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Sen. Kamala Harris says Russia still intends to interfere in US elections

Harris talks up election integrity, data privacy and tech's role in all of it at the annual Lesbians Who Tech conference.

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This story is part of Elections 2020, CNET's coverage of the voting in November and its aftermath.

Sen. Kamala Harris on Tuesday warned that Russia will again meddle in US elections this year, predicting it will take a page from its successful 2016 playbook.

The former Democratic presidential candidate referred to Russia's interference and use of tech and social media to "create chaos" and compromise the integrity of our election system.

Kamala Harris Lesbians Who Tech

"When they influenced our elections, they diminished in some ways the integrity of our election system and therefore their goal was accomplished," Harris said speaking at the Lesbians Who Tech & Allies virtual Pride Summit. "And they did it through technology."

Tech companies, wittingly or unwittingly, play a role in foreign attacks on our country, she said. Asked about Jack Dorsey's move to ban political ads from Twitter, Harris referred to a bill she proposed that would require political ads to disclose who paid for them, something that is required in TV ads but not on social media.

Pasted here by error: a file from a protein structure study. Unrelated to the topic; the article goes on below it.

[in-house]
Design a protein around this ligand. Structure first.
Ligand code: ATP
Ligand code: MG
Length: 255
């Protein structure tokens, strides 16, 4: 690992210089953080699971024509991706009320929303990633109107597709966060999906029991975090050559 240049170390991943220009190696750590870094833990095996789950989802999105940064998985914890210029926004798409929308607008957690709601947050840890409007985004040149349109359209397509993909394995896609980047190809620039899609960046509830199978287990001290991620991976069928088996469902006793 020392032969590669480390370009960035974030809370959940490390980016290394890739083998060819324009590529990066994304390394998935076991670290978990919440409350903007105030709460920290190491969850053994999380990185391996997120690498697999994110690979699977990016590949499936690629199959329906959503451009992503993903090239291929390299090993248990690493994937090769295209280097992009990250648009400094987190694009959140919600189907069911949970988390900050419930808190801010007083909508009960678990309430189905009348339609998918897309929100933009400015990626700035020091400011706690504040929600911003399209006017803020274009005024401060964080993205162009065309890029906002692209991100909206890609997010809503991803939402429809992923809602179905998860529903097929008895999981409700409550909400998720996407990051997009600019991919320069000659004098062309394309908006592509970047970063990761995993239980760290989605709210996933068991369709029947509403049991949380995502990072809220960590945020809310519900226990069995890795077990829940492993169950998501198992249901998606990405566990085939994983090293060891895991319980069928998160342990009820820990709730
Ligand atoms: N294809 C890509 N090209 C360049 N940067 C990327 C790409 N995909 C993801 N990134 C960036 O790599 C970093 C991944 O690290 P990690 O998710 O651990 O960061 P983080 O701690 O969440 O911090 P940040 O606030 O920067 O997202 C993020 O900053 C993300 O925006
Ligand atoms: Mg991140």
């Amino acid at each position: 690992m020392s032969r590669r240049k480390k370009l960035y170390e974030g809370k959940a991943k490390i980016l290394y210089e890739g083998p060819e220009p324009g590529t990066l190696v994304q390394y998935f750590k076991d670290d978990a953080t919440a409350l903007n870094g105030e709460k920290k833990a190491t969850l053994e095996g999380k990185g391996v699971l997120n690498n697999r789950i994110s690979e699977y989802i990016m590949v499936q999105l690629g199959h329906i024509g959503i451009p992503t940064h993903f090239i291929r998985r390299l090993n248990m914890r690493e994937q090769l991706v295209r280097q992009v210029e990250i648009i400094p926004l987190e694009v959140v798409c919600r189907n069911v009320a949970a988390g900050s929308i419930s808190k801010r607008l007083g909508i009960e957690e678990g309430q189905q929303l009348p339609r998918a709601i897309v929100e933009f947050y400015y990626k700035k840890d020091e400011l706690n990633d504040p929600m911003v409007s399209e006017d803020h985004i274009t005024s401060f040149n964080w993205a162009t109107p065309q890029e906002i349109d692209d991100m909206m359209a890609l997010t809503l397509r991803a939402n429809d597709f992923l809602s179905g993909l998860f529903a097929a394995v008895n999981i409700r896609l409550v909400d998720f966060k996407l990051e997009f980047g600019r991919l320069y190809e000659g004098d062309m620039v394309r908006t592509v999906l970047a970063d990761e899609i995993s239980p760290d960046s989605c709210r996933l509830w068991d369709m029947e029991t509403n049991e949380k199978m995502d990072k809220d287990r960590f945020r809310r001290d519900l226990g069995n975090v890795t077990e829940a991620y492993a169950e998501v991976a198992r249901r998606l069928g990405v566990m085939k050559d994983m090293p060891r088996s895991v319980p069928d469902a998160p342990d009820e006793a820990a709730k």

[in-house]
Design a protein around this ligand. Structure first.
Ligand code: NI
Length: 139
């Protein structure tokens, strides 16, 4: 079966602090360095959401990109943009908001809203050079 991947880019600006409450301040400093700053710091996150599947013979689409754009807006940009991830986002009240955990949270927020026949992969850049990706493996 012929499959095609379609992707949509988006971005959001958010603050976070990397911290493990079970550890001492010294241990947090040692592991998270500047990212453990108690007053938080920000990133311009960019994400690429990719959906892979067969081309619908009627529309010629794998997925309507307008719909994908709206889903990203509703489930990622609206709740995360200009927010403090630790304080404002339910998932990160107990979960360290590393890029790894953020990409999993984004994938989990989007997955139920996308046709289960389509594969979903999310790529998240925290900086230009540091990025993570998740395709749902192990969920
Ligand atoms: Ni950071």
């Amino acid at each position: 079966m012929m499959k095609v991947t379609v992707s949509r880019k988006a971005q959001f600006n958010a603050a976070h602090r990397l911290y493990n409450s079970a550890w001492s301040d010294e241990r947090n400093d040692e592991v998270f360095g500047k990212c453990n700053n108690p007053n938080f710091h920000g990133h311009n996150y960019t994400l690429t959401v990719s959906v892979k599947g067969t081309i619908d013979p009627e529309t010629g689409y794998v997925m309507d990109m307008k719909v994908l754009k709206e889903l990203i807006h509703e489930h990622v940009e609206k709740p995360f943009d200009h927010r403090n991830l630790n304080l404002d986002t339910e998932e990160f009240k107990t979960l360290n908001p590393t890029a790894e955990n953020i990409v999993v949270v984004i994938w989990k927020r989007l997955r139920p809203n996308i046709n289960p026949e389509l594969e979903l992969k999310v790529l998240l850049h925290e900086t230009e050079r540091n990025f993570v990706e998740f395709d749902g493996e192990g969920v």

"Until we can get legislation passed I would urge that social media companies institute [requiring disclosures] as their policy,"  she said.

Nefarious parties "are not going to relent," she said. "2020 is not going to be immune and [there will be] attacks, misinformation campaigns, distortions of reality and truth to turn the American people off from this election." A report in October from the Senate Intelligence Committee, of which Harris is a member, already calls for measures to prevent interference in this year's elections.

Speaking to data privacy, Harris said while she never wants to suppress innovation, she wants to make sure consumer information is protected. She created the Privacy and Protection Unit while she was serving as California's attorney general to make sure that the public is "informed, aware of and have the tools to make the decisions about their personal information, their data," she said, "so they're not in a system that might bring convenience to them, without realizing what they might be giving up in exchange."

Many companies and startups are doing well because "they have figured out a way to accumulate a lot of data which can then be processed and dissected and analyzed in a way that things can be sold," she said.

"There still remains a lot of space in that place...to inform consumers and to protect them around their private information and their data. That's the new gold." 

And as far as tech's role in the current protests, she said that while the '60s and '70s saw their share, "one of the differences now than before is that everyone is seeing what certain communities have known for generations, and they can't therefore turn a blind eye in a way previous generations did."